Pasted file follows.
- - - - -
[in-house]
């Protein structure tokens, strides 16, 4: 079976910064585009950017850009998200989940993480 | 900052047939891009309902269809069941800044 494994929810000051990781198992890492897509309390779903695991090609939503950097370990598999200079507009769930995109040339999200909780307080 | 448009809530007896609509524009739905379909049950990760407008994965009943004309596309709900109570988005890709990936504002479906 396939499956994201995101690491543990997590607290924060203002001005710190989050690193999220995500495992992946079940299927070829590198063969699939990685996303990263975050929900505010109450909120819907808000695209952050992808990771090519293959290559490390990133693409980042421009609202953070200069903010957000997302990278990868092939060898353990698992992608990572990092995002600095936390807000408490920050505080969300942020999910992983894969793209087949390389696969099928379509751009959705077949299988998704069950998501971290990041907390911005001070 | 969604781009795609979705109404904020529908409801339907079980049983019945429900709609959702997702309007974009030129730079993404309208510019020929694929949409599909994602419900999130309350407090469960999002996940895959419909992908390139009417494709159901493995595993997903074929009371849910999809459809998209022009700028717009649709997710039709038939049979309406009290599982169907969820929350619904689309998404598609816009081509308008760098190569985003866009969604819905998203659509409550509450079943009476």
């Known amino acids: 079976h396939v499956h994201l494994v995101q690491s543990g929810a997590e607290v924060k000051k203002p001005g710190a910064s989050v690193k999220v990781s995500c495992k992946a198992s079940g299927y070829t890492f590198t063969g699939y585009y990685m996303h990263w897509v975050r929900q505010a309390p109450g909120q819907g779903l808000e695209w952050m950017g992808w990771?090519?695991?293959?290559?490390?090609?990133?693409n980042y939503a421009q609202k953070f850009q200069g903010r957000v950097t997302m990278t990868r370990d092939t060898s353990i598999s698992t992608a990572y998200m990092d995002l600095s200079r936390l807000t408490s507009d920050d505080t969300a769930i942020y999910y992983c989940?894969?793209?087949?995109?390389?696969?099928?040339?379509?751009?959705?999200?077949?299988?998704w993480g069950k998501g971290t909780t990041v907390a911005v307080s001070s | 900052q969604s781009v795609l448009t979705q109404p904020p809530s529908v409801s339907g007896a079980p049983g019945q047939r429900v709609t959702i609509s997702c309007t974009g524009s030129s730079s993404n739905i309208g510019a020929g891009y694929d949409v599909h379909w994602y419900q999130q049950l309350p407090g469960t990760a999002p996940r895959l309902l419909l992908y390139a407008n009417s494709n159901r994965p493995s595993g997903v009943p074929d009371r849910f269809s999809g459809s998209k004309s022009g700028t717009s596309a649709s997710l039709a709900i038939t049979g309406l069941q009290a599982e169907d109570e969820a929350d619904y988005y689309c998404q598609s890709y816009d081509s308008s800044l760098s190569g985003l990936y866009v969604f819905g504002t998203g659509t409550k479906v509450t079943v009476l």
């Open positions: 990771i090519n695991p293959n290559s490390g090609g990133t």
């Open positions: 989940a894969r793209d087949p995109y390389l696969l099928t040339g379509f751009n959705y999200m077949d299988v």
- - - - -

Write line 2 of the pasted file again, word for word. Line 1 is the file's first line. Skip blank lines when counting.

């Protein structure tokens, strides 16, 4: 079976910064585009950017850009998200989940993480 | 900052047939891009309902269809069941800044 494994929810000051990781198992890492897509309390779903695991090609939503950097370990598999200079507009769930995109040339999200909780307080 | 448009809530007896609509524009739905379909049950990760407008994965009943004309596309709900109570988005890709990936504002479906 396939499956994201995101690491543990997590607290924060203002001005710190989050690193999220995500495992992946079940299927070829590198063969699939990685996303990263975050929900505010109450909120819907808000695209952050992808990771090519293959290559490390990133693409980042421009609202953070200069903010957000997302990278990868092939060898353990698992992608990572990092995002600095936390807000408490920050505080969300942020999910992983894969793209087949390389696969099928379509751009959705077949299988998704069950998501971290990041907390911005001070 | 969604781009795609979705109404904020529908409801339907079980049983019945429900709609959702997702309007974009030129730079993404309208510019020929694929949409599909994602419900999130309350407090469960999002996940895959419909992908390139009417494709159901493995595993997903074929009371849910999809459809998209022009700028717009649709997710039709038939049979309406009290599982169907969820929350619904689309998404598609816009081509308008760098190569985003866009969604819905998203659509409550509450079943009476």